Robert A. Walsh Jr., executive director of the National Education Association Rhode Island, acknowledges that "there are some demographic changes," but said the problem rests primarily with the state's not fully financing the system.

Year after year, Walsh said, teachers and state workers have contributed a large portion of their salaries to the system. They have held up their end of the bargain, he said.

If there are going to be reductions in retiree benefits, Walsh condends, the employee contributions should also be reduced.

"I'm not necessarily saying we need to leave the system as is," Walsh said. However, discussions need to be held "in a balanced way," instead of the "teacher and state-employee bashing" that he contends the governor is conducting.

Under the current system, state employees can retire at any age, with no reduction in benefits, as long as they have 28 years of service. Otherwise, they can retire at age 60, with at least 10 years of service. Pension benefits are based on years of service, so those who have served less than 28 years would get a smaller pension.

Carcieri and Tavares both propose instituting a minimum retirement age. Carcieri is seeking to make the minimum age 60, with 30 years of service, or otherwise, age 65. Tavares proposes age 58, with 30 years of service, or 62, with 5 years. (Tavares is also suggesting an option where workers at age 55, and 20 years of service, can retire with reduced benefits.)

Both the governor and the treasurer propose to reduce the amount of benefits retirees would receive. State employees now stop accumulating credit toward their pension after 35 years, maxing the system out at 80 percent of their salary. Carcieri and Tavares want to lower the maximum benefit to 75 percent, after 38 years of service.

The changes would apply only to new hires to state government, or to current employees who have less than 10 years of service and are not yet vested in the system.

The two officials, however, differ on what to do with the cost-of-living adjustments that retirees get. Currently, employees start getting the 3-percent COLA on the third January after they retire.

Carcieri wants to tie COLAs to the national Consumer Price Index, a measure of inflation. Benefits would increase annually according to the CPI, or at 3 percent, whichever is lower.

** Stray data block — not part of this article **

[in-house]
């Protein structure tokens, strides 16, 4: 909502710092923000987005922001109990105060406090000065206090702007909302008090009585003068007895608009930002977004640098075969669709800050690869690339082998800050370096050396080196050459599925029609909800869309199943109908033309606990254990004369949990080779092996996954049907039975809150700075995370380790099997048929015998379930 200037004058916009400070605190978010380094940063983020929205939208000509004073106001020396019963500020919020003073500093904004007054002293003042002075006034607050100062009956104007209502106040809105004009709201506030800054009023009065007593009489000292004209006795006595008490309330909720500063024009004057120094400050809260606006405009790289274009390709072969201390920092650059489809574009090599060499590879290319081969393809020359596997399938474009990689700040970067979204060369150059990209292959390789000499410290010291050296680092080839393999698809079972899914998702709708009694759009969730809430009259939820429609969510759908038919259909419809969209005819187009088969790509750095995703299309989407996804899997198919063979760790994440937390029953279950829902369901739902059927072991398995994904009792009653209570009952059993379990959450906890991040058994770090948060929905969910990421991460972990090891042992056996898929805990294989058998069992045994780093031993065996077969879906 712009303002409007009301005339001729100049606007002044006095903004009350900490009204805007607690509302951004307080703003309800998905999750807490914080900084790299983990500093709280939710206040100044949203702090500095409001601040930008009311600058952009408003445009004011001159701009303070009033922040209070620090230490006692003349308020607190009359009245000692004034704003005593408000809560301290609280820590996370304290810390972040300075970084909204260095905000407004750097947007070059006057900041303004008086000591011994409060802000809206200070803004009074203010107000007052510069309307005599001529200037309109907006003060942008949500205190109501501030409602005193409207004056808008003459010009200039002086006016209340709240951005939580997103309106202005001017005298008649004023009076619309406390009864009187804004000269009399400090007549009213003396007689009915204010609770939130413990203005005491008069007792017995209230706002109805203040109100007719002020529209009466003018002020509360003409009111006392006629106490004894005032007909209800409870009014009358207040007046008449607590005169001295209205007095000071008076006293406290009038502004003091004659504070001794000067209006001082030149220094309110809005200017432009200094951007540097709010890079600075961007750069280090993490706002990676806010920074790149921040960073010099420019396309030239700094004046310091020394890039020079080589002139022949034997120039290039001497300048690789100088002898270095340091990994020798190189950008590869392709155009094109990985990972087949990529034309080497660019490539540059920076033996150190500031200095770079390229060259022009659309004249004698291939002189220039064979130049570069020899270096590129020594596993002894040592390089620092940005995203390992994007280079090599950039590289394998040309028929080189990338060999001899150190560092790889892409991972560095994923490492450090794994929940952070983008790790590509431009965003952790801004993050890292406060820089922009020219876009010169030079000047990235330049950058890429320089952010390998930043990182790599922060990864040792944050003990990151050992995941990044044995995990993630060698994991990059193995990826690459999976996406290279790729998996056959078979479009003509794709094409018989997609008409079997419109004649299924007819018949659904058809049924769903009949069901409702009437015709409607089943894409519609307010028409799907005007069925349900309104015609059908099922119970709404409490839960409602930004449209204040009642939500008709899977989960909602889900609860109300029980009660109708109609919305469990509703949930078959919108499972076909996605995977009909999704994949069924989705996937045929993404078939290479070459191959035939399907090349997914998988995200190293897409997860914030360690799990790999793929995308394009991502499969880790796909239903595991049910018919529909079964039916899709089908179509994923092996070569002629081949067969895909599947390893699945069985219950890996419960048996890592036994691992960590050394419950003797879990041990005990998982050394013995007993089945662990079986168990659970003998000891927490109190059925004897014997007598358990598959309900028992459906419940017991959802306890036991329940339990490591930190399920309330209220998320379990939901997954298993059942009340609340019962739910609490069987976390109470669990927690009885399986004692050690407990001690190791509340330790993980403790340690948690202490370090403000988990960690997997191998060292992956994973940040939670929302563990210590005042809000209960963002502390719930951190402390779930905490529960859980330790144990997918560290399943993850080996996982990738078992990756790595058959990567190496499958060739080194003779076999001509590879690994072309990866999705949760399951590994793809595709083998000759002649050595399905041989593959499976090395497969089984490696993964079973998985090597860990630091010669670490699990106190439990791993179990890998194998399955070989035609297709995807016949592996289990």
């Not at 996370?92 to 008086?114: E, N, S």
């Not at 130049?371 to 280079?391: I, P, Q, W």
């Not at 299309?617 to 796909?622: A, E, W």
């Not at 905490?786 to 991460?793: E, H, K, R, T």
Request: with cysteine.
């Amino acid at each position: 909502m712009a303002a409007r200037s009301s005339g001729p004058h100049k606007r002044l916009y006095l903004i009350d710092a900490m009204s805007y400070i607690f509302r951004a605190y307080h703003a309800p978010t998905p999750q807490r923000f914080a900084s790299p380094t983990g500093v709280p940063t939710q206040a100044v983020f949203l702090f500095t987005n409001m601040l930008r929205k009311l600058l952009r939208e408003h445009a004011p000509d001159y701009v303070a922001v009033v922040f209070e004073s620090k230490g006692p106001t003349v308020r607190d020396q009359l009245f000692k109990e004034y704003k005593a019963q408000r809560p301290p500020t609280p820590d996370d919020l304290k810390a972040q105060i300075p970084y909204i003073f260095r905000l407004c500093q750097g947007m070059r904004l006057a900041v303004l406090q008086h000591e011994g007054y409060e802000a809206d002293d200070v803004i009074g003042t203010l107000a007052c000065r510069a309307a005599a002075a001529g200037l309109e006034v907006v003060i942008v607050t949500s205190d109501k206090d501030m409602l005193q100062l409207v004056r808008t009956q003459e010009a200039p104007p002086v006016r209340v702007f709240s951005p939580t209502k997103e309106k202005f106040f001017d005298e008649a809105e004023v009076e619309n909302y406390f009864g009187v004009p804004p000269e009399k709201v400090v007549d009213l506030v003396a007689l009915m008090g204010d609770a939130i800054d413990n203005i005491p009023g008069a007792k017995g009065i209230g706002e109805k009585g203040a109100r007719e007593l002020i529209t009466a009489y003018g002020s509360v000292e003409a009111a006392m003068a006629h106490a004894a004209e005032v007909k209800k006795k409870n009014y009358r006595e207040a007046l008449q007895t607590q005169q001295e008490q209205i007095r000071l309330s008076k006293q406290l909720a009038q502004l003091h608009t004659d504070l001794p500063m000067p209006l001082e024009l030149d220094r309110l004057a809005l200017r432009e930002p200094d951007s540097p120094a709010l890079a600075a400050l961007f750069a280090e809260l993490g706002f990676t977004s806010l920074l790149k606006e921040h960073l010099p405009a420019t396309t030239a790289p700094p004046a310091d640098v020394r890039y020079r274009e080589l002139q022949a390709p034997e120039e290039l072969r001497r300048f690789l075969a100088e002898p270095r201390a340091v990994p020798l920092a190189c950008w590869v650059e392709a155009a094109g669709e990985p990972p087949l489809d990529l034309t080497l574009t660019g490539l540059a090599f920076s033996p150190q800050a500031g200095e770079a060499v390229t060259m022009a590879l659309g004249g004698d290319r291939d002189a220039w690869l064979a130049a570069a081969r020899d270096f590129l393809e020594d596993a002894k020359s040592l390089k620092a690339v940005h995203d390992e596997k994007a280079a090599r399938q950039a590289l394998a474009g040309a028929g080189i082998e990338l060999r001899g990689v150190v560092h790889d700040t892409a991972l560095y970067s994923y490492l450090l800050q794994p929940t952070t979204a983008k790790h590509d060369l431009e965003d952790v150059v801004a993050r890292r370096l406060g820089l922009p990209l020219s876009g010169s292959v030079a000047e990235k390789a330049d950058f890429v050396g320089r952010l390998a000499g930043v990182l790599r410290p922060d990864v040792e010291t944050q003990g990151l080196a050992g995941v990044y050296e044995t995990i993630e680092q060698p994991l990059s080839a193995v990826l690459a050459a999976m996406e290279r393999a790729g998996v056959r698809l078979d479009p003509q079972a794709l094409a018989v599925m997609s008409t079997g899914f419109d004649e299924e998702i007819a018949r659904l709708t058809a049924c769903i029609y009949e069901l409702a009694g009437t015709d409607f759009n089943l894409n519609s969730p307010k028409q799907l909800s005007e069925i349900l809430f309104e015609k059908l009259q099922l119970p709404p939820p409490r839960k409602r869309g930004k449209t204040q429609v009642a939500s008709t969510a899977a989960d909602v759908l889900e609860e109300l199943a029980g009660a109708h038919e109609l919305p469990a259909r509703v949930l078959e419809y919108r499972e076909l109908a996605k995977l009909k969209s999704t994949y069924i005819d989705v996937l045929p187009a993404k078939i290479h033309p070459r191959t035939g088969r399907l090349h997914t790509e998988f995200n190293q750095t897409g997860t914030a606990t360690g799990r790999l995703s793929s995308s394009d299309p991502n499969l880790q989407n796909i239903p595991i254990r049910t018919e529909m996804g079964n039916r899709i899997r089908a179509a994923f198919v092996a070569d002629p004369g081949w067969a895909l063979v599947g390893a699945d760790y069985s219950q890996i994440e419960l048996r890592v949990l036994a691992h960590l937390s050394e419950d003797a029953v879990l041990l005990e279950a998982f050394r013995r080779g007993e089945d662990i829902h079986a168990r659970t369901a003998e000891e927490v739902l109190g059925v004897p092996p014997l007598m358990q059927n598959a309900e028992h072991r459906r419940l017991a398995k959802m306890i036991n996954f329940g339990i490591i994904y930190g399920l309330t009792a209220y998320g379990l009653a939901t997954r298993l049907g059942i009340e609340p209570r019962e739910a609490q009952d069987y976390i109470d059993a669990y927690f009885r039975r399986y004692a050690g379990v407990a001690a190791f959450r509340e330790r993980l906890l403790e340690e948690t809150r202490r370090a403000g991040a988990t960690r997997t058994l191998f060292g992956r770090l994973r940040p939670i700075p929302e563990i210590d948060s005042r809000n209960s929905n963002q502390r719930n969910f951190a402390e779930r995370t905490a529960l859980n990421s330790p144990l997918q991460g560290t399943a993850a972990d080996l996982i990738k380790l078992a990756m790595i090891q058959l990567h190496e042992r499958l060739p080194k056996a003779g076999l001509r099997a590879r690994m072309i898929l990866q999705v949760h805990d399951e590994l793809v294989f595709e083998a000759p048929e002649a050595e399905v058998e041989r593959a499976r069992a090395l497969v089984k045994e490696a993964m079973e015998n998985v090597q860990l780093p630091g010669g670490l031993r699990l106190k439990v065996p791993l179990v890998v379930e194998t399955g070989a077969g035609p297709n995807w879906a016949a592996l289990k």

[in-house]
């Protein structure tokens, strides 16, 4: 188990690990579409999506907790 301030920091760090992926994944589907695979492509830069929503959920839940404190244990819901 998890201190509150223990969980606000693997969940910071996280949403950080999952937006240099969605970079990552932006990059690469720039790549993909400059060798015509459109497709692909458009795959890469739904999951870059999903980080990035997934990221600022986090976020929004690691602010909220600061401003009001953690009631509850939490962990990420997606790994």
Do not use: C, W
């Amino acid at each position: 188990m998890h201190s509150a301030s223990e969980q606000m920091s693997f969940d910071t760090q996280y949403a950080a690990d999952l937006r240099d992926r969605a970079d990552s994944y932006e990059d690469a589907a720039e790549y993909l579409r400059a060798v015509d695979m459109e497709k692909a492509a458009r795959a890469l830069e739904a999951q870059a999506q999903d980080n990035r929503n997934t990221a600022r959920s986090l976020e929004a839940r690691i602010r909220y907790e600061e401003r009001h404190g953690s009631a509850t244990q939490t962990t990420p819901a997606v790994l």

Tavares wants to take the changes one step further. While Carcieri would only change the COLA for new hires and those not vested, Tavares wants to implement the same changes for everybody -- all employees and all current retirees.

Will lawmakers go as far?

"I don't think we'll go further," Montalbano said. "I think we'll, hopefully, take some of the best parts of all of it, and come up with a plan that we hope the governor will sign on to."

The labor unions' position is not new. Here are excerpts from two August 2004 news articles referenced in this posting, which discuss the problems:

...the statewide pension problem surfaced [with this article] publicly, highlighting dire financial consequences:
State and local taxpayers should pay a whopping $121.6 million more next year toward the pensions of state employees and public school teachers…

That advice, from the state's pension-funding adviser, sent shock waves through the hearing room where top labor and government officials gathered…

In late June, the deadlocked panel voted 6-6, defeating a series of moves recommended either by Carcieri, a Republican, or state treasurer Paul Tavares, a Democrat, to rein in the escalating cost of public-employee pensions, such as the adoption of a mininum retirement age.

But yesterday's news seemed to surprise some of the union leaders who had resisted any changes in pension eligibility and benefit levels…

The warning was the result of a reexamination, by the state's actuarial advisers at Gabriel Roeder and Smith, of the assumptions that determine how much money must be set aside now to cover all the promises made to current and future retirees.

After looking back seven years, the firm concluded the state has been overestimating investment returns; underestimating the salary increases, averaging 4.5 percent annually, over the seven years that ended on June 30, 2003; and failing to account for the disproportionately large number of Rhode Island public employees who stay in their jobs long enough to qualify for pensions.

Another article reinforced the magnitude of the problem: